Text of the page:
I understand that Athy Town Council at its last meeting agreed to erect a plaque in the town to Johan Anders Jagerhorn. Who is he I hear you cry? Well it appears he met Lord Edward Fitzgerald in Hamburg in 1796 after they had been introduced to each other at the house of Jagerhorn’s neighbour. The 39 year old, a native of what was then Sweden but later Finland, never stood on Irish soil.
A man who did was J.J. O’Byrne, a member of Athy’s Sinn Fein Club who, according to the late Hester May whom I interviewed many years ago, stood outside her father’s shop in Duke Street to read the Sinn Fein manifesto in August 1918. The Nationalist and Leinster Times reporting on the event in its issue of Saturday 24th August 1918 claimed that O’Byrne had addressed a gathering in the town square. He was one of many others who on the same day throughout Ireland proclaimed the Sinn Fein manifesto in clear defiance of British Rule in Ireland. J.J. O’Byrne was arrested and tried in Maryborough (now Portlaoise) and sentenced to several months in prison which he served in Maryborough jail.
Jagerhorn was also incarcerated, in his case for almost two years in the Tower of London following his capture in 1799. He travelled from Hamburg intending to pass on to Ireland and there to liase with Lord Edward Fitzgerald and the United Irishmen on behalf of the French revolutionaries. Included in Volume 2 at page 260 of the ‘Memories and Correspondence of Viscount Castlereagh’ is a detailed examination of Jagerhorn in which he disclosed information regarding Lord Edward Fitzgerald and the insurgent United Irishmen.
A man who did not breach confidence was John Hayden of 7 Offaly Street, Athy. Captain of the local I.R.A. Brigade during the War of Independence and a teacher in the local Christian Brothers School, he was arrested and imprisoned during the War of Independence. He was also incarcerated twice during the subsequent Civil War. John Hayden kept faith with his colleagues and suffered hugely for his involvement in the fight for independence. At the end of the Civil War he emigrated, as did many of his comrades, to America and remained there for many years before returning to Ireland in the 1930s.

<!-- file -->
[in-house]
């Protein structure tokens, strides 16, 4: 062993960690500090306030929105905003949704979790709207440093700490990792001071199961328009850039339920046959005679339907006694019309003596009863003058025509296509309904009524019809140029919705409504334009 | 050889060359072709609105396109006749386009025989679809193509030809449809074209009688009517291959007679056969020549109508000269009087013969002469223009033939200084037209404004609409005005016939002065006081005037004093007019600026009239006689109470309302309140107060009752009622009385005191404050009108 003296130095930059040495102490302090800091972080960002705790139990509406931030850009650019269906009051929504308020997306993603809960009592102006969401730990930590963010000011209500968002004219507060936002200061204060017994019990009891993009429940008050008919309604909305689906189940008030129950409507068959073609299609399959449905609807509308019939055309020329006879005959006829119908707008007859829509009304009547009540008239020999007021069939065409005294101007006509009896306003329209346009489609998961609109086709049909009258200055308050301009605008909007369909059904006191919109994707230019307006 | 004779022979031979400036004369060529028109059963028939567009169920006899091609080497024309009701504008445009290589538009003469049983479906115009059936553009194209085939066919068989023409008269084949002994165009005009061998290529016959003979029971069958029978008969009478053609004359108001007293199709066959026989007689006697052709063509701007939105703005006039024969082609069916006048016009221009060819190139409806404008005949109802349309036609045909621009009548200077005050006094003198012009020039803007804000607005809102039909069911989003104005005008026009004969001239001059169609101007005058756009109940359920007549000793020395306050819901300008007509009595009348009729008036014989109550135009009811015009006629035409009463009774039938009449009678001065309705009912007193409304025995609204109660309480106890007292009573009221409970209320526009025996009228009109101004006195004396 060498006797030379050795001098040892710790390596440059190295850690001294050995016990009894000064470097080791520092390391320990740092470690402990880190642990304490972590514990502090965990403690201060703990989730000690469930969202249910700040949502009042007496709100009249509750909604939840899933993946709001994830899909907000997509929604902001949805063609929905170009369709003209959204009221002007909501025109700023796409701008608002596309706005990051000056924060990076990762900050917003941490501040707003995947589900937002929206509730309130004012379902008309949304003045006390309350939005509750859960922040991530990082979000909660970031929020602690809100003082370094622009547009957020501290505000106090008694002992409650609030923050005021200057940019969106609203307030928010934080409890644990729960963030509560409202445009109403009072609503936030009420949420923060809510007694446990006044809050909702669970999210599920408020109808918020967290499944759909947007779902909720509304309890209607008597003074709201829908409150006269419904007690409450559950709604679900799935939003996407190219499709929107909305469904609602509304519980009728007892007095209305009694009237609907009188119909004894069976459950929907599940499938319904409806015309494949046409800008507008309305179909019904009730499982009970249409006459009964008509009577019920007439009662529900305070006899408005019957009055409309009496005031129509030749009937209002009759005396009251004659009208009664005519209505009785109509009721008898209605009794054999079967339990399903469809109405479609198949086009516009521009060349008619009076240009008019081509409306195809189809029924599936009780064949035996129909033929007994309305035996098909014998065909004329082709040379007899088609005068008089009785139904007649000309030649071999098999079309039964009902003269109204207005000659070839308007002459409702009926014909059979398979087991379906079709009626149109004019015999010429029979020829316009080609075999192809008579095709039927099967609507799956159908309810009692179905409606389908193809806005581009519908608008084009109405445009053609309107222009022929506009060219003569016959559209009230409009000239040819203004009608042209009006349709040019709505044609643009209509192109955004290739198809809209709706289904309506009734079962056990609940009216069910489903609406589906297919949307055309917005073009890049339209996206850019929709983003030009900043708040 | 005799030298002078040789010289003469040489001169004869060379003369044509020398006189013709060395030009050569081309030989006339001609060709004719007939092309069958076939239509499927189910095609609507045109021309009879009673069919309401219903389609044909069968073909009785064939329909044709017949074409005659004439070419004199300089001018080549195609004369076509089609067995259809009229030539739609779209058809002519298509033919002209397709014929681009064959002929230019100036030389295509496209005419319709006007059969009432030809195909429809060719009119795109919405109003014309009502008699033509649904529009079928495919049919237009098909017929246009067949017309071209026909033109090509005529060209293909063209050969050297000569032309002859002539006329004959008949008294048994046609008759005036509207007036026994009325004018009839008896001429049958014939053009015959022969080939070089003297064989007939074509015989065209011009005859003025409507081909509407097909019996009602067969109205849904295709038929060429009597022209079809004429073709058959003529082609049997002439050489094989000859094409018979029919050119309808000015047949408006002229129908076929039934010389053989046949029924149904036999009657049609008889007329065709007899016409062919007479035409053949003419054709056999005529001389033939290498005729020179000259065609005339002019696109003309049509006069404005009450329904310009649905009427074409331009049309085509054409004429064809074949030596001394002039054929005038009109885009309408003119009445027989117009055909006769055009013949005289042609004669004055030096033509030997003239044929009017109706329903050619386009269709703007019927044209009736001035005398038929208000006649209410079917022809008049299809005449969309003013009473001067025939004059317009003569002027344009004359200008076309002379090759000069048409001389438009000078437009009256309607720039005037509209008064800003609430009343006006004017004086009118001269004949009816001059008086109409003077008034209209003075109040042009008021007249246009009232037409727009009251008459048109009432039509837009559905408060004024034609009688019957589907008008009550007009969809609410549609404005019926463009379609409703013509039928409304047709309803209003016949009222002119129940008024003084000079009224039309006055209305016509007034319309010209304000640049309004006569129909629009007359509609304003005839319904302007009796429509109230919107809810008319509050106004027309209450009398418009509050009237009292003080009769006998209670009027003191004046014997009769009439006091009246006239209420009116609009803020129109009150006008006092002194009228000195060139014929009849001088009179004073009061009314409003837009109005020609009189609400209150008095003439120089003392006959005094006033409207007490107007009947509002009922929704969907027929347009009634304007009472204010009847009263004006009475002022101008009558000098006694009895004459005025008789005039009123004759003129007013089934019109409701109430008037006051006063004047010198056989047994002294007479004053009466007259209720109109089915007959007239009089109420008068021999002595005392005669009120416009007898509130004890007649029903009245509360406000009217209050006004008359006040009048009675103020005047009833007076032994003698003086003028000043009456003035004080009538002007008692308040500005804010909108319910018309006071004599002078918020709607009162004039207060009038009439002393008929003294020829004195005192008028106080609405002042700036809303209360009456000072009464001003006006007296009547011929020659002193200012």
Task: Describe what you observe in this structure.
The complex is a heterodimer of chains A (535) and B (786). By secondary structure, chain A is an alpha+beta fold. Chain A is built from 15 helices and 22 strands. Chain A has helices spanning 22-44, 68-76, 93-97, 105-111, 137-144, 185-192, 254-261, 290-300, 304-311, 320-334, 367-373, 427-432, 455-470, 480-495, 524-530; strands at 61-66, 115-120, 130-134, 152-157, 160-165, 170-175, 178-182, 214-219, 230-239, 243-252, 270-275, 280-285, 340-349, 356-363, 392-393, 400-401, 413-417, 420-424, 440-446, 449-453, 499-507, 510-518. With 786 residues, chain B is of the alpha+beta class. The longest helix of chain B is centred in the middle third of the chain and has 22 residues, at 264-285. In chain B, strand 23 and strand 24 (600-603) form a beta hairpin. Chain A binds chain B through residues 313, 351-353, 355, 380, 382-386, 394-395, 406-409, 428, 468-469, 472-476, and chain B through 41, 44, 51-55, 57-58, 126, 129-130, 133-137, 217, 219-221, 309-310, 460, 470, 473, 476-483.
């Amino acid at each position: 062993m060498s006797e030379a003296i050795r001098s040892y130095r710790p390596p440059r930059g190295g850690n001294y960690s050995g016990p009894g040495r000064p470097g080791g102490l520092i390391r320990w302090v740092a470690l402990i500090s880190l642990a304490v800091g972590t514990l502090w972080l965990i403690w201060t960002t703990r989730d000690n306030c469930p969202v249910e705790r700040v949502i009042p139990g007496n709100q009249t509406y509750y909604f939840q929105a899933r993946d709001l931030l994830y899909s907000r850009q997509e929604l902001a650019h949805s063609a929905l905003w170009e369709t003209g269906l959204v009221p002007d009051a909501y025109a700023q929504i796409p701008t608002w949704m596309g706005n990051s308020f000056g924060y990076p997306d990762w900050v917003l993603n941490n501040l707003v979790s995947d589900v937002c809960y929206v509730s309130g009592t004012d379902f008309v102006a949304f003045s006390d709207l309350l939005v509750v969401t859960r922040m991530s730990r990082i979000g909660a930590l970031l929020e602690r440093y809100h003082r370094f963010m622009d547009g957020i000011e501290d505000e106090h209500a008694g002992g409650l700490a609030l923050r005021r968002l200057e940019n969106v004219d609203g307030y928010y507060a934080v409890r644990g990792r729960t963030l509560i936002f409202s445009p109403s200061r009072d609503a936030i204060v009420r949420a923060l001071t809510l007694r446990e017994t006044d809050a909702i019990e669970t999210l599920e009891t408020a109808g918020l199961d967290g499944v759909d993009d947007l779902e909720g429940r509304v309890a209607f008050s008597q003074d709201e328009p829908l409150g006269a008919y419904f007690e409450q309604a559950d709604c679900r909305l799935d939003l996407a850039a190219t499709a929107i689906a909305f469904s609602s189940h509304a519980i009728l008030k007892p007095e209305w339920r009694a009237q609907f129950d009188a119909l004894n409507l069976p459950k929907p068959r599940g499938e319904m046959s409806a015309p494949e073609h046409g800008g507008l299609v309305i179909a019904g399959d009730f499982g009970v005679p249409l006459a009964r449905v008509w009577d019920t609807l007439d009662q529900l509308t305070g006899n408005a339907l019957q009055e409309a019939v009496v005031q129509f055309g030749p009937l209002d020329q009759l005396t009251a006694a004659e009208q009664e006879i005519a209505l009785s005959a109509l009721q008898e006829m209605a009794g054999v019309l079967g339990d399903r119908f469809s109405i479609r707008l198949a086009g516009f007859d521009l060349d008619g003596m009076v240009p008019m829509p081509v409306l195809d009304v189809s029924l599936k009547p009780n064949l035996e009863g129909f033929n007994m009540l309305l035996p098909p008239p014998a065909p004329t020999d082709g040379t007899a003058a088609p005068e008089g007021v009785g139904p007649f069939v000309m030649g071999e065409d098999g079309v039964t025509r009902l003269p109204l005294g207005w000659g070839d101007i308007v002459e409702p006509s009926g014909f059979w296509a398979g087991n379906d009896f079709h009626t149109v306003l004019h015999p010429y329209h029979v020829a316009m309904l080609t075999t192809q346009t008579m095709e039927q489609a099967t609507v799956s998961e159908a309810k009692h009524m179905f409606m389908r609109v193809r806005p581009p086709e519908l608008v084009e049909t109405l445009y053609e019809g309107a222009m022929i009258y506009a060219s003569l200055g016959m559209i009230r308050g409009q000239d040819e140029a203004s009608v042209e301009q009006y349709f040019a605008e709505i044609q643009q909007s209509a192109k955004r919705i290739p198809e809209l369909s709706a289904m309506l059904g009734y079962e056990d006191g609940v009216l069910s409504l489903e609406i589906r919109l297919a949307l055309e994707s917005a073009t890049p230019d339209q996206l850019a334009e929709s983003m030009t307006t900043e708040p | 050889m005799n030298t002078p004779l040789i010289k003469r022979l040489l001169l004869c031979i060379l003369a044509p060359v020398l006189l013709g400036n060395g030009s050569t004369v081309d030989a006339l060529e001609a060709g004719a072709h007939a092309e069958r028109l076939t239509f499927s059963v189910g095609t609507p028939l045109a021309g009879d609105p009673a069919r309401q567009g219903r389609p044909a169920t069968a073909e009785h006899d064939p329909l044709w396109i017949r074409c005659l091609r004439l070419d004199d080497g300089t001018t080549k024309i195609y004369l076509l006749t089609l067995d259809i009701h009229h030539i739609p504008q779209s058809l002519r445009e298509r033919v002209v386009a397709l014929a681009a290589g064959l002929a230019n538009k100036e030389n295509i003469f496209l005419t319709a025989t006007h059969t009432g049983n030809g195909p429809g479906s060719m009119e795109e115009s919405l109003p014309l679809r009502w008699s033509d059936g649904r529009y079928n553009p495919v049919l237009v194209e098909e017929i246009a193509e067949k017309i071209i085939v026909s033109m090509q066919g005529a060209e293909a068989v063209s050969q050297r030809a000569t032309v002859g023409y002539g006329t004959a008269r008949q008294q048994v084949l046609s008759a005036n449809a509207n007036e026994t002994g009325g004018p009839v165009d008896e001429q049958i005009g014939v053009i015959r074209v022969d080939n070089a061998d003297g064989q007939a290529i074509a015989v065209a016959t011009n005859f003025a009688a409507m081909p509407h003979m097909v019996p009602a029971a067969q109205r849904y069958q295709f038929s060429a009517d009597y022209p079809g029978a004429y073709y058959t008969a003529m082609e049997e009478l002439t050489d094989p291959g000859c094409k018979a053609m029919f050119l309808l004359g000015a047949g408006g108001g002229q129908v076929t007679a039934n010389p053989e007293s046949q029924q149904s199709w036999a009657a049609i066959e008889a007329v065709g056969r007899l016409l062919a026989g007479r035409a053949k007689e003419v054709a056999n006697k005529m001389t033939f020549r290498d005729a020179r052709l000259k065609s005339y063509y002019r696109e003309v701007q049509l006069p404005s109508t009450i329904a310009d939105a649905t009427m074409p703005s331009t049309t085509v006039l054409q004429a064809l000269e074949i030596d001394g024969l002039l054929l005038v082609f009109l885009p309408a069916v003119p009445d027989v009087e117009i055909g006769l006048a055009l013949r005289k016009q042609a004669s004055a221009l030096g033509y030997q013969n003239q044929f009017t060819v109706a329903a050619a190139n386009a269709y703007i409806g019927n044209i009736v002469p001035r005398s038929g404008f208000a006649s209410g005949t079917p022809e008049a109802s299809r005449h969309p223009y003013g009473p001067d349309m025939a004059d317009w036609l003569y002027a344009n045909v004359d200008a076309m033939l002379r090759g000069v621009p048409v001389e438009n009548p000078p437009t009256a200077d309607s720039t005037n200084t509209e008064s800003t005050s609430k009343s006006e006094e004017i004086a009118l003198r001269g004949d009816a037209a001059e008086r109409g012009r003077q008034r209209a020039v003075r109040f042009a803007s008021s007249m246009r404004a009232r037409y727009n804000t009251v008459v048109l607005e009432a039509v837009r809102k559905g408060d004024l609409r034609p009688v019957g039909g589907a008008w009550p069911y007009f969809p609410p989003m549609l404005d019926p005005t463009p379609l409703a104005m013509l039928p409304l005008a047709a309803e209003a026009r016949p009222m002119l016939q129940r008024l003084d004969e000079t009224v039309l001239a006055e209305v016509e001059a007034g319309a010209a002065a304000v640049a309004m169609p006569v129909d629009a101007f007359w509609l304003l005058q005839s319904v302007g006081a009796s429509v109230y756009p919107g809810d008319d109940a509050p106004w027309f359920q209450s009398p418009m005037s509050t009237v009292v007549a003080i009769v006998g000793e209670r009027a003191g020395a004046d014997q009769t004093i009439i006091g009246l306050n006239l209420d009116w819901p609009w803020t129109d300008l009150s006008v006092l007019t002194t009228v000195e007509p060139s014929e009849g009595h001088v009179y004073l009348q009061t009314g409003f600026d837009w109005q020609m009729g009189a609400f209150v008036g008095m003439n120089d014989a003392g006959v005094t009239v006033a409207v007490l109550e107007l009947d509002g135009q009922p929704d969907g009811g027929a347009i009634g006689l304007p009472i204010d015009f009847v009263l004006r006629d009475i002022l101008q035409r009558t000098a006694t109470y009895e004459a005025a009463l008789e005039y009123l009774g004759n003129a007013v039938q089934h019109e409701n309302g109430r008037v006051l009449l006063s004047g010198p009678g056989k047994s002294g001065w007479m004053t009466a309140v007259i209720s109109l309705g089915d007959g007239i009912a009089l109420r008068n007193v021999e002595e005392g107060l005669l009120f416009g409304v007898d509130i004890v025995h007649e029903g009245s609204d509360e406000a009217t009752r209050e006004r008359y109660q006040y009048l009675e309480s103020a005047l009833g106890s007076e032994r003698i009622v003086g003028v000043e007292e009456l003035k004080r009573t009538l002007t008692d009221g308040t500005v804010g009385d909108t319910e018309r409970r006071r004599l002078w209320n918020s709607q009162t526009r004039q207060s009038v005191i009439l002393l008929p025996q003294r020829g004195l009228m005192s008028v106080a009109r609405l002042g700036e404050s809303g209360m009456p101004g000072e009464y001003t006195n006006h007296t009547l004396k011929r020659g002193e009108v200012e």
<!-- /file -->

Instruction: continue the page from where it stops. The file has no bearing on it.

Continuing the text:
Jagerhorn did play an important part in the establishment of the Finnish homeland and is rightly honoured in that country as a deserving son of Finland. Many men and women, some local to Athy, others originally not from this part of the country, played their part in furthering the cause of Irish political freedom. Some lost their lives in what was an unequal struggle. Others fell to bullets fired by fellow Irishmen in the post treaty civil war years.
Sylvester Sheppard died at Rosetown on 5th July 1922. The simple memorial which once marked the place where he lost his life has long disappeared. The Barrowhouse Ambush memorial to Conor and Lacey is regrettably a poor tribute to two young Irish men who were comrades in arms. At least their memory is not forgotten and will not be so long as the roadside memorial, poor as it is, remains in place. Sylvester Sheppard has been forgotten and perhaps the time has come for the Fianna Fáil fraternity in Monasterevin, whose Cumann is named the Sylvester Sheppard Cumann, to replace the missing roadside memorial at Rosetown.
But what of the many local men and women whose involvement in the War of Independence has all but been forgotten? What about Athy man Mark Wilson who was a volunteer fighting in Dublin during the Rebellion of Easter 1916? Perhaps it would be more relevant for the Town Council to commemorate these people than to erect a plaque to a Finnish revolutionary.
Joe May was a republican prisoner at Ballykinler Camp, as were Bapty Maher and Richard Murphy. I have previously written of their involvement in our shared history, as I have of Hester May, formerly Hester Dooley, whose father Michael Dooley is remembered today in the 1930s local housing estate, Dooley’s Terrace. There are so many more local men and women who deserve to be remembered for their involvement, active or otherwise, in the War of Independence.
Athy in the past has honoured the men of World War I and more recently those who sought political religious freedom as part of the United Irishmen’s rebellion of 1798. We need to bring the town’s historical commemoration full circle with a suitable expression of gratitude to the men and women of Athy and South Kildare who were part of that final successful push for political freedom which culminated in the Treaty of 1921.
How about it Athy Town Council? I cannot understand why you deemed it appropriate or necessary at your last meeting to honour Johan Anders Jagerhorn by erecting a plaque to him in Athy. It beggars belief, and I believe your decision is a shameful rebuff to the many courageous local men and women who sacrificed so much so that future generations could enjoy the freedom of a self governing nation.